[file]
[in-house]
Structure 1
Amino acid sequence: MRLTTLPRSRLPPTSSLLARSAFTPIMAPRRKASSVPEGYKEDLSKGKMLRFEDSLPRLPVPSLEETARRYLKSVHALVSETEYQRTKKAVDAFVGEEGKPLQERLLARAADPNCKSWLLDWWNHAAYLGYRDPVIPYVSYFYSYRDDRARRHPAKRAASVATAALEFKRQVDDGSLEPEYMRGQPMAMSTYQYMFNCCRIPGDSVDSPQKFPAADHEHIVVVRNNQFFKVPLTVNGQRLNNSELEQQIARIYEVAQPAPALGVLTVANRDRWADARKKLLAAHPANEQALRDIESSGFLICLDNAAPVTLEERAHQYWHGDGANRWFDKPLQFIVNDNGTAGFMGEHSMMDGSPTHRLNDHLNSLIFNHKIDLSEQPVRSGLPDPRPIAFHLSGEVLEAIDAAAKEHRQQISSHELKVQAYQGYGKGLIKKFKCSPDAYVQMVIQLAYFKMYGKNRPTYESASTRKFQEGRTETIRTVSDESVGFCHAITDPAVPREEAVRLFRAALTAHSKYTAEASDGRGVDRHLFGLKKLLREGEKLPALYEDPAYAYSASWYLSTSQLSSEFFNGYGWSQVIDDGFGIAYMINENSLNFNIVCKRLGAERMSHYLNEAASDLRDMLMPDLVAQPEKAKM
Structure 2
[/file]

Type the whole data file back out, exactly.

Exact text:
[in-house]
Structure 1
Amino acid sequence: MRLTTLPRSRLPPTSSLLARSAFTPIMAPRRKASSVPEGYKEDLSKGKMLRFEDSLPRLPVPSLEETARRYLKSVHALVSETEYQRTKKAVDAFVGEEGKPLQERLLARAADPNCKSWLLDWWNHAAYLGYRDPVIPYVSYFYSYRDDRARRHPAKRAASVATAALEFKRQVDDGSLEPEYMRGQPMAMSTYQYMFNCCRIPGDSVDSPQKFPAADHEHIVVVRNNQFFKVPLTVNGQRLNNSELEQQIARIYEVAQPAPALGVLTVANRDRWADARKKLLAAHPANEQALRDIESSGFLICLDNAAPVTLEERAHQYWHGDGANRWFDKPLQFIVNDNGTAGFMGEHSMMDGSPTHRLNDHLNSLIFNHKIDLSEQPVRSGLPDPRPIAFHLSGEVLEAIDAAAKEHRQQISSHELKVQAYQGYGKGLIKKFKCSPDAYVQMVIQLAYFKMYGKNRPTYESASTRKFQEGRTETIRTVSDESVGFCHAITDPAVPREEAVRLFRAALTAHSKYTAEASDGRGVDRHLFGLKKLLREGEKLPALYEDPAYAYSASWYLSTSQLSSEFFNGYGWSQVIDDGFGIAYMINENSLNFNIVCKRLGAERMSHYLNEAASDLRDMLMPDLVAQPEKAKM
Structure 2